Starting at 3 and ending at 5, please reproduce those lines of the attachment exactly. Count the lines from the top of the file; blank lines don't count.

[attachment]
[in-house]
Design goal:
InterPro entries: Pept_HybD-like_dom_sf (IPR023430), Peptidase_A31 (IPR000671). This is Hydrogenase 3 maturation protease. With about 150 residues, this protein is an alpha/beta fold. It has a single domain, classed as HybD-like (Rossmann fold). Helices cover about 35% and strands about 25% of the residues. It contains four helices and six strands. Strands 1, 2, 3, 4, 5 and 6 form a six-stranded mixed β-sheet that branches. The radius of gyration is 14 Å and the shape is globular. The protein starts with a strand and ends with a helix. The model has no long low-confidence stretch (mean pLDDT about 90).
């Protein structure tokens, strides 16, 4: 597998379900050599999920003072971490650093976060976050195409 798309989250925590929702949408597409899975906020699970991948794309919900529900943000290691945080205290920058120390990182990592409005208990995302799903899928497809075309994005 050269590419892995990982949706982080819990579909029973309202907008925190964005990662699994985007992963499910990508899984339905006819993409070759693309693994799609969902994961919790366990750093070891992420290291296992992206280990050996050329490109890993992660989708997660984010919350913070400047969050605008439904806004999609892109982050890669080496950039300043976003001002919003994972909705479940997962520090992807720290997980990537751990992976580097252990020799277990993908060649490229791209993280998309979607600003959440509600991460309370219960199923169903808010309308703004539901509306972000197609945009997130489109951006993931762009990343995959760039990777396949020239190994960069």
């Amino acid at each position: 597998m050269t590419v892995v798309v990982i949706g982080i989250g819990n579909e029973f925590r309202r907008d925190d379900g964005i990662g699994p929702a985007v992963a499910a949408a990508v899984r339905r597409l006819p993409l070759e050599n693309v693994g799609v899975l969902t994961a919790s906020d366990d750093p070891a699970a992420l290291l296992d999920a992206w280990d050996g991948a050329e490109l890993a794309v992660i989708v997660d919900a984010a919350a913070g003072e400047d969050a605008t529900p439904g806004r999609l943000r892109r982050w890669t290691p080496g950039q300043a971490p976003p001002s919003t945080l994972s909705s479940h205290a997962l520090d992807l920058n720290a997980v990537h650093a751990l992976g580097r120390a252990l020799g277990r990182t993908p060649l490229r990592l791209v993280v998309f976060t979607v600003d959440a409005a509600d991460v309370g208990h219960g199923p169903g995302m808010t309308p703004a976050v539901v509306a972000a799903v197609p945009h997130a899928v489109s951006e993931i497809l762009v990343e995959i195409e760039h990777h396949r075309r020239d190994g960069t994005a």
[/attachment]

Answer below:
InterPro entries: Pept_HybD-like_dom_sf (IPR023430), Peptidase_A31 (IPR000671). This is Hydrogenase 3 maturation protease. With about 150 residues, this protein is an alpha/beta fold. It has a single domain, classed as HybD-like (Rossmann fold). Helices cover about 35% and strands about 25% of the residues. It contains four helices and six strands. Strands 1, 2, 3, 4, 5 and 6 form a six-stranded mixed β-sheet that branches. The radius of gyration is 14 Å and the shape is globular. The protein starts with a strand and ends with a helix. The model has no long low-confidence stretch (mean pLDDT about 90).
């Protein structure tokens, strides 16, 4: 597998379900050599999920003072971490650093976060976050195409 798309989250925590929702949408597409899975906020699970991948794309919900529900943000290691945080205290920058120390990182990592409005208990995302799903899928497809075309994005 050269590419892995990982949706982080819990579909029973309202907008925190964005990662699994985007992963499910990508899984339905006819993409070759693309693994799609969902994961919790366990750093070891992420290291296992992206280990050996050329490109890993992660989708997660984010919350913070400047969050605008439904806004999609892109982050890669080496950039300043976003001002919003994972909705479940997962520090992807720290997980990537751990992976580097252990020799277990993908060649490229791209993280998309979607600003959440509600991460309370219960199923169903808010309308703004539901509306972000197609945009997130489109951006993931762009990343995959760039990777396949020239190994960069």
């Amino acid at each position: 597998m050269t590419v892995v798309v990982i949706g982080i989250g819990n579909e029973f925590r309202r907008d925190d379900g964005i990662g699994p929702a985007v992963a499910a949408a990508v899984r339905r597409l006819p993409l070759e050599n693309v693994g799609v899975l969902t994961a919790s906020d366990d750093p070891a699970a992420l290291l296992d999920a992206w280990d050996g991948a050329e490109l890993a794309v992660i989708v997660d919900a984010a919350a913070g003072e400047d969050a605008t529900p439904g806004r999609l943000r892109r982050w890669t290691p080496g950039q300043a971490p976003p001002s919003t945080l994972s909705s479940h205290a997962l520090d992807l920058n720290a997980v990537h650093a751990l992976g580097r120390a252990l020799g277990r990182t993908p060649l490229r990592l791209v993280v998309f976060t979607v600003d959440a409005a509600d991460v309370g208990h219960g199923p169903g995302m808010t309308p703004a976050v539901v509306a972000a799903v197609p945009h997130a899928v489109s951006e993931i497809l762009v990343e995959i195409e760039h990777h396949r075309r020239d190994g960069t994005a």